Additional parking is necessary for an open office setting due to increasing employees. However, in many suburban markets, the occupant-to-parking-space ratio is out of harmony with demand. As a result, new office build-outs are not viable in certain circumstances because the land cannot sustain extra parking or the necessary money. Some landlords solve this issue by including Uber services in lease agreements with renters. Furthermore, longer work hours may lower the number of parking places required. Finally, transit-oriented development (TOD) programs have enabled developers to lower parking requirements in suburban areas with direct access to public transportation.
(5) Operational Impact
Employees are increasingly provided flexible and extended office hours as a strategy to recruit and retain talent. Companies are moving away from the usual 9 am-5 pm work model to achieve a better work/life balance.
When combined with a rise in population, prolonged work hours bring additional issues for maintaining and operating the workplace. When choosing and specifying finish materials and equipment, consider longevity since original colors, textures, and functions frequently degrade with time—especially with lengthy daily usage and continued exposure. When evaluating the long-term operational impact, the initial capital premium may be justified since it considerably will lower yearly running expenses and the requirement for additional stock of replacement or maintenance items.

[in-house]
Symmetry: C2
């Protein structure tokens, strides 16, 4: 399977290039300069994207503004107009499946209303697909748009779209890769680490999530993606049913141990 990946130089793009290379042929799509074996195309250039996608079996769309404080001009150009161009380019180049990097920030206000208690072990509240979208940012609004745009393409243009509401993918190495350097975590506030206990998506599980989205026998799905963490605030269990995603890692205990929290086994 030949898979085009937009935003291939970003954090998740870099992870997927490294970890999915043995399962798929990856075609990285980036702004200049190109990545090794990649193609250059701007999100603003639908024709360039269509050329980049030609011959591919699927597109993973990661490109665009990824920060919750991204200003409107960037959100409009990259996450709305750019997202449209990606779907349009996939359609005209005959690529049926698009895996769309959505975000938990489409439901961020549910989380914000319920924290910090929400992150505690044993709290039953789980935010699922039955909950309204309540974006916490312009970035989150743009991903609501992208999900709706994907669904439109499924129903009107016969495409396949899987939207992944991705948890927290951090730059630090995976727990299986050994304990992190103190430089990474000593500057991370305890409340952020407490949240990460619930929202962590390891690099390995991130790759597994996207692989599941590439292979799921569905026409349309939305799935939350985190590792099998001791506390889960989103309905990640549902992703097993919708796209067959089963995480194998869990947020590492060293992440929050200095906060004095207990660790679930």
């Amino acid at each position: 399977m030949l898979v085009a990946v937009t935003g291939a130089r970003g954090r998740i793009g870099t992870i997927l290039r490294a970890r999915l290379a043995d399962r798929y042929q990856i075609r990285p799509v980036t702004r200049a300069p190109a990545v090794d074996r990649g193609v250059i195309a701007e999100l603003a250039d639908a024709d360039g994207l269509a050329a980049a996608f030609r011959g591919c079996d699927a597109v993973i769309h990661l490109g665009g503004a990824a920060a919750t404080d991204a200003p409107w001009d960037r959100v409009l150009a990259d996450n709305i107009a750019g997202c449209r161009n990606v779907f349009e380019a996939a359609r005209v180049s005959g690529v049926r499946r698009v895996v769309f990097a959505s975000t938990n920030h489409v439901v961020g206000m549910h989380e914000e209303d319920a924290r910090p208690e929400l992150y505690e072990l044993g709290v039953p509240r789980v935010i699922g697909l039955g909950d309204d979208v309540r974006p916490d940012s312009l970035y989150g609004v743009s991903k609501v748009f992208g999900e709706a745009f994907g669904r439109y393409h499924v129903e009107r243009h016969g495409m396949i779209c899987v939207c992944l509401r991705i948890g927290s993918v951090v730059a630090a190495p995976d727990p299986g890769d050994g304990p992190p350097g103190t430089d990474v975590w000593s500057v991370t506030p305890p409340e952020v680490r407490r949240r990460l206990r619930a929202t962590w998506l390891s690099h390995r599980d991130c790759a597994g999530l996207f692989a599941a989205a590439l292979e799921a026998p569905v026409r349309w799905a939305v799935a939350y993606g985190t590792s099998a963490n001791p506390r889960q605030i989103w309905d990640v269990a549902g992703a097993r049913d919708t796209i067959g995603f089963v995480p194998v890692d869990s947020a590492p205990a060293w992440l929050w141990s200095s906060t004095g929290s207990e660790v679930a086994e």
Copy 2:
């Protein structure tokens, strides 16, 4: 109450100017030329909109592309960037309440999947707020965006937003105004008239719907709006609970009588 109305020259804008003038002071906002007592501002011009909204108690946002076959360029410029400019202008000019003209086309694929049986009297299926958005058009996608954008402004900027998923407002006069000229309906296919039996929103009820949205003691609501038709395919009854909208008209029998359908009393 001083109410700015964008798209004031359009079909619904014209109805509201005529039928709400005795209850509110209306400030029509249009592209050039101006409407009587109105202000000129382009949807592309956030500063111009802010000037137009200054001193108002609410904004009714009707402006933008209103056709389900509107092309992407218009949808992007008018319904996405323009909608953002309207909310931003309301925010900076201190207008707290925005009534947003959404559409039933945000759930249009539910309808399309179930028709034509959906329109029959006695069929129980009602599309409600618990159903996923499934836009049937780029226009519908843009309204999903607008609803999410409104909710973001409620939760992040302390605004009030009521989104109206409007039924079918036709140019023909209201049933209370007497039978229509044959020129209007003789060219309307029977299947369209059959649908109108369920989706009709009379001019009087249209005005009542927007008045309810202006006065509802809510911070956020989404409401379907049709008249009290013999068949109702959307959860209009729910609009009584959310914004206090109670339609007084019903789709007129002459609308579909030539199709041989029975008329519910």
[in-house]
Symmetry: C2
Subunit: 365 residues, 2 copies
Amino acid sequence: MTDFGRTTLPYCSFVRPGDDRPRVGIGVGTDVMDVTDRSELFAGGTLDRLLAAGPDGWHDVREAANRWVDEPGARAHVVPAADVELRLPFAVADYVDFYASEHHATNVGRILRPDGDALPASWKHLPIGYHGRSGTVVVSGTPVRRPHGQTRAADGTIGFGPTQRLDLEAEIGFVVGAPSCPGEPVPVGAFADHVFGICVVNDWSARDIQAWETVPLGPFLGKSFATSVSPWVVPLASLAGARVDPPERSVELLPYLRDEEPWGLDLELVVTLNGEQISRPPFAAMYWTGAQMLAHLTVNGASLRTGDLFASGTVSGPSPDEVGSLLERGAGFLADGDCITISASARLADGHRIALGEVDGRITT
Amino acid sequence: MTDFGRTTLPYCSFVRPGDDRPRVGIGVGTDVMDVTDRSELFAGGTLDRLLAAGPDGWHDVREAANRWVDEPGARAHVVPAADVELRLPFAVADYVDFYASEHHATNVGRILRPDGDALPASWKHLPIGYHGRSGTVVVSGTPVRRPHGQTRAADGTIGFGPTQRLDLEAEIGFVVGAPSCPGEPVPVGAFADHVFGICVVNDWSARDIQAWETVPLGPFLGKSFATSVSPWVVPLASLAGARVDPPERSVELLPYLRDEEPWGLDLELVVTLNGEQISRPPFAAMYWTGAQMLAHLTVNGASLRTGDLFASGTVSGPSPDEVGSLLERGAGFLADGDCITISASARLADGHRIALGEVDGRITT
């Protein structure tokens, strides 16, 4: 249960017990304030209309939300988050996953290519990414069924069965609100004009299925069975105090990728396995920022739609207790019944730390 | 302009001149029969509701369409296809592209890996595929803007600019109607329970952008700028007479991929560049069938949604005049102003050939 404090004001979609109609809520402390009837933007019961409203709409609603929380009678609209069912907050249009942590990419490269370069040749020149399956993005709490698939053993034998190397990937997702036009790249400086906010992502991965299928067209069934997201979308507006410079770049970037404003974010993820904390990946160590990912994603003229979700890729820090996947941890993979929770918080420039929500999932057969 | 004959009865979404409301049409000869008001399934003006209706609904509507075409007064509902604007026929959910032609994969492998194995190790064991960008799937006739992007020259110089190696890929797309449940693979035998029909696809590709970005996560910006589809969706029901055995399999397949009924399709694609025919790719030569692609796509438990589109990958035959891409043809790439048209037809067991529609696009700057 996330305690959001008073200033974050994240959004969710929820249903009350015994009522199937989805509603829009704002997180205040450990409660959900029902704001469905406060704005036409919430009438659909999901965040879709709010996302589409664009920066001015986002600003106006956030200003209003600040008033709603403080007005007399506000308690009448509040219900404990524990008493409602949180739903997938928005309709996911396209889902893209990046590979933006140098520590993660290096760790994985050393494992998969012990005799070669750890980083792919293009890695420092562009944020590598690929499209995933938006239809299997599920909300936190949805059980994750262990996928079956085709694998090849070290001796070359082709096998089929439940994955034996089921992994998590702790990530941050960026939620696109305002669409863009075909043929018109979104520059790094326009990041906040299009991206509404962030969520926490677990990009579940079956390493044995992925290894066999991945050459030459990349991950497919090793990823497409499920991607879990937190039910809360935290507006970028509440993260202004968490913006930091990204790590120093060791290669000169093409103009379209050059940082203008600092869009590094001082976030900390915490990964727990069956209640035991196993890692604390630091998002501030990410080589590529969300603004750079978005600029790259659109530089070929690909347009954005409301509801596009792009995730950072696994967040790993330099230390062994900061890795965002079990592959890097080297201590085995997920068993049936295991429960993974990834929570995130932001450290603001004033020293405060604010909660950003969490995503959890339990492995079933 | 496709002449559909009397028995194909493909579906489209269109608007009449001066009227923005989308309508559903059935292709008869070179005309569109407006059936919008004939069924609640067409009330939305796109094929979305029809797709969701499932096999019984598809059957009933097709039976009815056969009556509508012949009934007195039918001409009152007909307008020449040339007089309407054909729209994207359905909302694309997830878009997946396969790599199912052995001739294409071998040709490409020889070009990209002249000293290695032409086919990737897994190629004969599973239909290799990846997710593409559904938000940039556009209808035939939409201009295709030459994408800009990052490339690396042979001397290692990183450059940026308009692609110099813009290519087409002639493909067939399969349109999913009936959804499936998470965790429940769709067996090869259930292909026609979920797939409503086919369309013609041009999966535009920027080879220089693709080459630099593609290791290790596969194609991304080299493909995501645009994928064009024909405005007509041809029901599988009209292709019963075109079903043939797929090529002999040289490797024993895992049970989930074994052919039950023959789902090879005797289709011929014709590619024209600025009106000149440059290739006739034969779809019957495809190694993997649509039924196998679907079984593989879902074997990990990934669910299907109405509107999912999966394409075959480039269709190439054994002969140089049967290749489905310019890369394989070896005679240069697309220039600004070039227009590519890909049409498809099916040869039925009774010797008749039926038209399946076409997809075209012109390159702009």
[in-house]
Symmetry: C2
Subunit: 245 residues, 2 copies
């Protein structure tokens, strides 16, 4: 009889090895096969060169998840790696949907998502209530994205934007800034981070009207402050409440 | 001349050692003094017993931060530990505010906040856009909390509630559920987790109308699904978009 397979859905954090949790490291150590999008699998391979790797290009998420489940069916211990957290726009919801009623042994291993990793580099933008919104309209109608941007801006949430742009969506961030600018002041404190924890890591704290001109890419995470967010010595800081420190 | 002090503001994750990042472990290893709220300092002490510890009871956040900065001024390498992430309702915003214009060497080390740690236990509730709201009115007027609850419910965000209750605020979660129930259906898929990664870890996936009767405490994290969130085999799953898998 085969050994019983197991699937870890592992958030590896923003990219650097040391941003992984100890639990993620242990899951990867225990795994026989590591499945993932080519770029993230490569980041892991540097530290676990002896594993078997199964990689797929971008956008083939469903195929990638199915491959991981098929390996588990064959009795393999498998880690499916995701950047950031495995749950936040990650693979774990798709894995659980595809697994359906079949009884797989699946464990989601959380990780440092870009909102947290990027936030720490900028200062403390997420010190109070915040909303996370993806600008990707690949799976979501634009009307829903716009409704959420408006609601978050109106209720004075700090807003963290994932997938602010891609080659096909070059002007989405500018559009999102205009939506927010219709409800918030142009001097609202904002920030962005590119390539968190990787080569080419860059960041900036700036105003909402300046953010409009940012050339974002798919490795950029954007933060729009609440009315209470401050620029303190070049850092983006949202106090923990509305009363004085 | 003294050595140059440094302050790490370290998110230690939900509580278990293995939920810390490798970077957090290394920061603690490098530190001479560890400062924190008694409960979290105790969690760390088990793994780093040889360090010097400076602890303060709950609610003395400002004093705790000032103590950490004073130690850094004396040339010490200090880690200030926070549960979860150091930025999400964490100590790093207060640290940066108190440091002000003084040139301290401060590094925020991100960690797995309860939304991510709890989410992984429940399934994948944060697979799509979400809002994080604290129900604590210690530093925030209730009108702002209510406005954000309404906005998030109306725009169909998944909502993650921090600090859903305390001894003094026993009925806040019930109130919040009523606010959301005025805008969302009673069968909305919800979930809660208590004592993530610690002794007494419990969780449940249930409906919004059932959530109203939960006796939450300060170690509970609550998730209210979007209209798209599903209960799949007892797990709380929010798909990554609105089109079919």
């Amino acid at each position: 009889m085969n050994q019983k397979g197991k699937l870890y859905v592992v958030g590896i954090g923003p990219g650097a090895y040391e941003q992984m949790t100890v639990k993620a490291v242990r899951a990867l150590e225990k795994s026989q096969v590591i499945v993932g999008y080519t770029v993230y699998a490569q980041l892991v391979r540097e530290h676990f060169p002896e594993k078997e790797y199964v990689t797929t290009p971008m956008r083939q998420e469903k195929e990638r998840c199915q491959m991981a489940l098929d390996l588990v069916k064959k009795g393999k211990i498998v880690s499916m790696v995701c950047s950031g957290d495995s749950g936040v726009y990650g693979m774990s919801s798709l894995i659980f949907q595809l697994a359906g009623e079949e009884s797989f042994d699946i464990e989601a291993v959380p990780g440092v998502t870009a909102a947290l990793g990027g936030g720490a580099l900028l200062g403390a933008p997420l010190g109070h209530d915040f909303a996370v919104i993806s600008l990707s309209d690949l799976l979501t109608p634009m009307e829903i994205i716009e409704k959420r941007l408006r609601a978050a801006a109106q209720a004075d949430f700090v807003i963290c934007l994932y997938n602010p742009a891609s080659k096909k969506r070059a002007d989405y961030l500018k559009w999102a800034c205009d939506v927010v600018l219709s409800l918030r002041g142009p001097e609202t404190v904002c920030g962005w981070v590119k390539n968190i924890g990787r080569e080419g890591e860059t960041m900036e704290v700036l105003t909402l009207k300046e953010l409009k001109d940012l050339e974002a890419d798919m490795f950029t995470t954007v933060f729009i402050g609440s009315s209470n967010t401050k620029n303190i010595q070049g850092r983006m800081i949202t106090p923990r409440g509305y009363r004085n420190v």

(6) Capital Expense
Because of new flexible workspace alternatives for workers to work remotely, many corporate real estate portfolios are seeing the possibility to minimize the office footprint while raising total occupancy.
Although it may seem counterintuitive, there is sometimes a premium for the initial capital expense of constructing a new office. The current minimalist design of new workplaces includes complicated and delicate architectural features that can be difficult to build. In addition, these features need additional time and visually acceptable materials.
Although these notions have been broadly accepted, there is still worry that the new open office setting is unsuitable for all businesses. In addition, some employees do not find the area effective. As a result, we see the need for a more balanced workplace strategy that reduces the office area while maintaining functional components.